In May, billionaire McClendon relinquished his title of chairman of the board of Chesapeake Energy. McClendon founded Chesapeake Energy in 1989 and continues to serve as its CEO.

Visit EcoWatch’s FRACKING page for more related news on this topic.

 

EcoWatch Daily Newsletter

A tropical storm above Bangkok on Aug. 04, 2016. Hristo Rusev/ NurPhoto / Getty Images

By Jeff Turrentine

First off: Bangkok Wakes to Rain, the intricately wrought, elegantly crafted debut novel by the Thai-American author Pitchaya Sudbanthad, isn't really about climate change. This tale set in the sprawling subtropical Thai capital is ultimately a kind of family saga — although its interconnected characters aren't necessarily linked by a bloodline. What binds them is their relationship to a small parcel of urban land on which has variously stood a Christian mission, an upper-class family house, and a towering condominium. All of the characters have either called this place home or had some other significant connection to it.

Read More Show Less
orn_france / iStock / Getty Images

By Susan McCabe, BSc, RD

Dioscorea alata is a species of yam commonly referred to as purple yam, ube, violet yam, or water yam.

Read More Show Less
Sponsored
Left: MirageC / Moment / Getty Images Right: Pongsak Tawansaeng / EyeEm / Getty Images

By Lizzie Streit, MS, RDN, LD

Sole water is water saturated with pink Himalayan salt.

Read More Show Less
People march to TCF Bank Stadium to protest against the mascot for the Washington Redskins before the game against the Minnesota Vikings on Nov. 2, 2014 at TCF Bank Stadium in Minneapolis, Minnesota. Hannah Foslien / Getty Images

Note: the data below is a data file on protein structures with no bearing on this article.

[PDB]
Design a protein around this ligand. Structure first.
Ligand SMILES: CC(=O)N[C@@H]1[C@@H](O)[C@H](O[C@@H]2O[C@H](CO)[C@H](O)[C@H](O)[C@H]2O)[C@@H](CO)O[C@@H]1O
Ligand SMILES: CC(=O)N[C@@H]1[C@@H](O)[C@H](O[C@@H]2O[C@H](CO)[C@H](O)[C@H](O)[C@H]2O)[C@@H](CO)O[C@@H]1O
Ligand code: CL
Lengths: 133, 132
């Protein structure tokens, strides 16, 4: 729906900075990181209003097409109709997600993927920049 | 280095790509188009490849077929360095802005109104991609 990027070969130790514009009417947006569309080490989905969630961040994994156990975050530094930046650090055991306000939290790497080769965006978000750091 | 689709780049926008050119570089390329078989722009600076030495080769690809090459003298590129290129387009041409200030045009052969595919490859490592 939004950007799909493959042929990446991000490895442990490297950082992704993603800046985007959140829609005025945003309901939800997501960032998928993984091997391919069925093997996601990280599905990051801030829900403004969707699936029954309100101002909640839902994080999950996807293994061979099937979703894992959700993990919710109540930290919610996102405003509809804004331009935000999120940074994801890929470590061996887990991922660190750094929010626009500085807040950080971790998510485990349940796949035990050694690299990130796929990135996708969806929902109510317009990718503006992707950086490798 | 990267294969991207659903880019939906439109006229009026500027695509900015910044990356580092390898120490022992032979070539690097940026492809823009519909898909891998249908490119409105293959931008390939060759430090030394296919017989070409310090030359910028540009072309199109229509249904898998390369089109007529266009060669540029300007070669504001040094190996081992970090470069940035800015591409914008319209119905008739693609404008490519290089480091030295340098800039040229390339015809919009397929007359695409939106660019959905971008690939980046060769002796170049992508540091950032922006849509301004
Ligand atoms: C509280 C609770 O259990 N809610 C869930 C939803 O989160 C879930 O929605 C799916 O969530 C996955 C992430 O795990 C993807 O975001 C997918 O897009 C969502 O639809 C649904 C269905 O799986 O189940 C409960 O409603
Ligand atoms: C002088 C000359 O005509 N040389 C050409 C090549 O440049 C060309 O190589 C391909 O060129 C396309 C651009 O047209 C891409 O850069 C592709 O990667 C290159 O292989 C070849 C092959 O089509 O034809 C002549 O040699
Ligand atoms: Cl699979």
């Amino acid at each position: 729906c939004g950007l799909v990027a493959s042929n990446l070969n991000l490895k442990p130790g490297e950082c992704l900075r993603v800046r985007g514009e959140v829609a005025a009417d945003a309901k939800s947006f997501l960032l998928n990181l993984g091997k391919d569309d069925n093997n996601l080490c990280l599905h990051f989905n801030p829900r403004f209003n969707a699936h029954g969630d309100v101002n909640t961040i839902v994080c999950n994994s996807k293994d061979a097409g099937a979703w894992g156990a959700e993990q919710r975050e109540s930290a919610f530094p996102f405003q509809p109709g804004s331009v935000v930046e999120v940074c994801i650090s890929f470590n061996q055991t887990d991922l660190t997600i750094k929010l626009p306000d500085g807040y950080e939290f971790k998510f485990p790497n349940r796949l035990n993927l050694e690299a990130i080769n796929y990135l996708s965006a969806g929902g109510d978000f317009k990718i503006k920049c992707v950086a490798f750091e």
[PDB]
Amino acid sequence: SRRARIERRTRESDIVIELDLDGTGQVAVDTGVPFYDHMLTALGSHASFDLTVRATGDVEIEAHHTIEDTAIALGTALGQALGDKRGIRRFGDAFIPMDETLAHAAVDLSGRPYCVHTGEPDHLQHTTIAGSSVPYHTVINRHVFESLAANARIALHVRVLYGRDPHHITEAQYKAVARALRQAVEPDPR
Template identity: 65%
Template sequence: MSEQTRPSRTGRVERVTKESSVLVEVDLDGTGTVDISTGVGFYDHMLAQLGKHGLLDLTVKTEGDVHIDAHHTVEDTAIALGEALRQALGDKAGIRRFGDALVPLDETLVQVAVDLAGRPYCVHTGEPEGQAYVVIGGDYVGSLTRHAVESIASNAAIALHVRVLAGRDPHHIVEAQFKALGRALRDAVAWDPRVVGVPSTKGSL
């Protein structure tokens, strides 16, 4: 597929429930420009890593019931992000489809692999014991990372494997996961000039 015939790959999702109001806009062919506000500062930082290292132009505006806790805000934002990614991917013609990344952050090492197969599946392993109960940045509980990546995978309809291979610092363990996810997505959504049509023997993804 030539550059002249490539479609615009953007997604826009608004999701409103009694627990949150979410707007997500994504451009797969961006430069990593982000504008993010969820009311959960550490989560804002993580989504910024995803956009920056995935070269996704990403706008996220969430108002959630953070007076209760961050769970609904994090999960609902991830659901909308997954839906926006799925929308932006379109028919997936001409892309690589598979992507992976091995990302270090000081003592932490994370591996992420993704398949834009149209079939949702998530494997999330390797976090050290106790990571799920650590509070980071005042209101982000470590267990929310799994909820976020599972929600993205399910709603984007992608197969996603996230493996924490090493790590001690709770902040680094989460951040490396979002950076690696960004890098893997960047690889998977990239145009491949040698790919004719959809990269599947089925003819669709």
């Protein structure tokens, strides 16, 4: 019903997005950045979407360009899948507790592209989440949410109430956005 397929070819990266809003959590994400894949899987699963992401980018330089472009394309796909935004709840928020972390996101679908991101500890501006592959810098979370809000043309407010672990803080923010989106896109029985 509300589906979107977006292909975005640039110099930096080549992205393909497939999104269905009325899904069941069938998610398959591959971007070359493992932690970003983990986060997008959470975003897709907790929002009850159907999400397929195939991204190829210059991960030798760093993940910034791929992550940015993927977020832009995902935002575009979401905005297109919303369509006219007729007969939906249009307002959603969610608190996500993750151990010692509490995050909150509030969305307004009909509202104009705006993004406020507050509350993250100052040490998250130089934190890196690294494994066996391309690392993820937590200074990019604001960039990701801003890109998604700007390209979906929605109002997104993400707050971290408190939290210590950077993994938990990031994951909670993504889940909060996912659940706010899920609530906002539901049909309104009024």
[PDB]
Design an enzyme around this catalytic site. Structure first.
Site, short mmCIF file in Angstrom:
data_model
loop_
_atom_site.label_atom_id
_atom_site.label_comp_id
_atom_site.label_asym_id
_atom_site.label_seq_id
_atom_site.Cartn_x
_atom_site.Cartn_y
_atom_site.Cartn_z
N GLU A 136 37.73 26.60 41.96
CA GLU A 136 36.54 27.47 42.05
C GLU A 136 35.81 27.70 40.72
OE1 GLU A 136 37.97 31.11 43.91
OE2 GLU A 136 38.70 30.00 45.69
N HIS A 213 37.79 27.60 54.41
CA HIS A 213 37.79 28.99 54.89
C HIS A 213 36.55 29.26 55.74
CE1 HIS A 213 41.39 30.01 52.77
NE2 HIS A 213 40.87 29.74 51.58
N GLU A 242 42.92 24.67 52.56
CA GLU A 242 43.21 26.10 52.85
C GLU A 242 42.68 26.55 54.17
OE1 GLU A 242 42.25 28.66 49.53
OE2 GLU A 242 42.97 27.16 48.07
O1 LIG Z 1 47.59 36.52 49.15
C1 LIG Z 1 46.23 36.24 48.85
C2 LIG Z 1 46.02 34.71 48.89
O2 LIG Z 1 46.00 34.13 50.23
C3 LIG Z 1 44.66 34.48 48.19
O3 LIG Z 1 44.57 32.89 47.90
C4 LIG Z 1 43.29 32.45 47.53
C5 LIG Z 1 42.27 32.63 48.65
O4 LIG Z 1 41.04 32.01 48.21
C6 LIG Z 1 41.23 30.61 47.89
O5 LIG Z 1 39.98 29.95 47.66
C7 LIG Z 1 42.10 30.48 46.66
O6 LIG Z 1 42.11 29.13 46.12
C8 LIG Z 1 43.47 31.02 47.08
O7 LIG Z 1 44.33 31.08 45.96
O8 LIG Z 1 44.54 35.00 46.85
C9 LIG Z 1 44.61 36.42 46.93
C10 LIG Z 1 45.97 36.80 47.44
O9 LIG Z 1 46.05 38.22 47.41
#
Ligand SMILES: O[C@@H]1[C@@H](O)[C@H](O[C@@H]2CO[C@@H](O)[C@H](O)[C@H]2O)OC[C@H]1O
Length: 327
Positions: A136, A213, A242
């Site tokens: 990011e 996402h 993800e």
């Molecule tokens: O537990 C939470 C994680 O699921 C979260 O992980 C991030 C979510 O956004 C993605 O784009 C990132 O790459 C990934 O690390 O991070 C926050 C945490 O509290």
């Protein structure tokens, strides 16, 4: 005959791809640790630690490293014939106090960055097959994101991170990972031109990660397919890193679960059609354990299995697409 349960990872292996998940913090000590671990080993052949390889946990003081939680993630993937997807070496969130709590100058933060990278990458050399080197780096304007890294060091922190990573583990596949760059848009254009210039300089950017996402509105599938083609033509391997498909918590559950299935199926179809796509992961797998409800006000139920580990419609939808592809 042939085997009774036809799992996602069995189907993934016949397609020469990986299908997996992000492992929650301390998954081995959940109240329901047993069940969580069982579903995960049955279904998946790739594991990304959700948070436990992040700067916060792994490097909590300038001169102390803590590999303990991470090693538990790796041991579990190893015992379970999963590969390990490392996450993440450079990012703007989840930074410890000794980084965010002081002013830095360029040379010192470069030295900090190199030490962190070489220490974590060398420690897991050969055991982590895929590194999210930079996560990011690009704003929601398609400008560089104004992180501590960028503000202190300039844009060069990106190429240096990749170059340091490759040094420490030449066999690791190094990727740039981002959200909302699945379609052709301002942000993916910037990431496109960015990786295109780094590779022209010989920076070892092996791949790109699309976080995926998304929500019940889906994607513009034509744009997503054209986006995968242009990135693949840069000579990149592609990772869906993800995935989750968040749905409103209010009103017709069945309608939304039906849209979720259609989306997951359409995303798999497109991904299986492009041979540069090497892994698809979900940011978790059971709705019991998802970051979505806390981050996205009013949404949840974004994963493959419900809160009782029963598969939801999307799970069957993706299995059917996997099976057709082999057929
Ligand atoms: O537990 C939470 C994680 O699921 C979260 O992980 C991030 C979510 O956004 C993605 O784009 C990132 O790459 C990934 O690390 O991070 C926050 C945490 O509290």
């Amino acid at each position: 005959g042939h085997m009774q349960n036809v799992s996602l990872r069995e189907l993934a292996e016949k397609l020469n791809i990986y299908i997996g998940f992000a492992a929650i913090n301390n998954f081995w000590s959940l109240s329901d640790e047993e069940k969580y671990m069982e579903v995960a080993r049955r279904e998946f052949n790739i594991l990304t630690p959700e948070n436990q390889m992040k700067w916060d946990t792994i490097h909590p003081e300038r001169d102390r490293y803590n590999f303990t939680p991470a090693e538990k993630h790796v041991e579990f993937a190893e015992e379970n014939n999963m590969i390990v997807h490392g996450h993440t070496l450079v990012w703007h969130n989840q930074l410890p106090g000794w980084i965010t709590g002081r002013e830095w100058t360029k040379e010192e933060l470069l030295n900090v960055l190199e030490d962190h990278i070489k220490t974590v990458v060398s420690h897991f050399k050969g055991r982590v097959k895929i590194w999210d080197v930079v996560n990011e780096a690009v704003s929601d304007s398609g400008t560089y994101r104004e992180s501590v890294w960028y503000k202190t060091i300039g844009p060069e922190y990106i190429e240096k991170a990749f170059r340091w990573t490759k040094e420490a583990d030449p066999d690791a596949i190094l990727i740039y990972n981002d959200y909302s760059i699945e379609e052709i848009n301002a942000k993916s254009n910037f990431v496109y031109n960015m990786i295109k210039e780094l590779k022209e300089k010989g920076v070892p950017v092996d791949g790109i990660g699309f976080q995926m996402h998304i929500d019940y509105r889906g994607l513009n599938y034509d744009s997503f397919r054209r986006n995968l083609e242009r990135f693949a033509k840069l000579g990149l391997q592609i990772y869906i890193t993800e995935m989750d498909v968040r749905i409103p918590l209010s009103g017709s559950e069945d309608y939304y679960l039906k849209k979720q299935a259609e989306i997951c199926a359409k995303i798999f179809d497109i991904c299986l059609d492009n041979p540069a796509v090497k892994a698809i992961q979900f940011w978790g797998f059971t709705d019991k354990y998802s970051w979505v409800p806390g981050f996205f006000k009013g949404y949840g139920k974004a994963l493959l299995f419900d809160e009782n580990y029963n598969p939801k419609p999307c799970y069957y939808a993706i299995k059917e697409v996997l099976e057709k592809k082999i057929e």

Maine Gov. Janet Mills signed a bill into law Thursday banning public schools or universities in the state from using Native American mascots, names or imagery. Mills' action will make Maine the first state in the nation with such a ban once it goes into effect later this year, The Bangor Daily News reported.

Read More Show Less
A man protests against the use of disposable plastics outside the Houses of Parliament on March 28 in London. John Keeble / Getty Images

Plastic pollution across the globe is suffocating our planet and driving Earth toward catastrophic climatic conditions if not curbed significantly and immediately, according to a new report by the Center for International Environmental Law (CEIL).

Read More Show Less
Sponsored
Gov. Jay Inslee (D-WA) testifies during a House Energy and Commerce Environment and Climate Change Subcommittee hearing on Capitol Hill on April 2 in Washington, DC. Zach Gibson / Getty Images

By Julia Conley

A new climate action plan put forth by Democratic presidential candidate Gov. Jay Inslee on Thursday is being praised for highlighting the enormous benefits that would result from a rapid shift in the U.S. to a renewable energy economy that centers on the needs of workers and vulnerable communities.

Read More Show Less

Mitshu / E+ / Getty Images

By Alina Petre, MS, RD (CA)

Veganism is a way of living that tries to minimize animal exploitation and cruelty.

Read More Show Less

6okean / iStock / Getty Images Plus

A federal judge ruled this week that the Food and Drug Administration must begin implementing regulations for the many types of e-cigarettes now on the market in the U.S.

Read More Show Less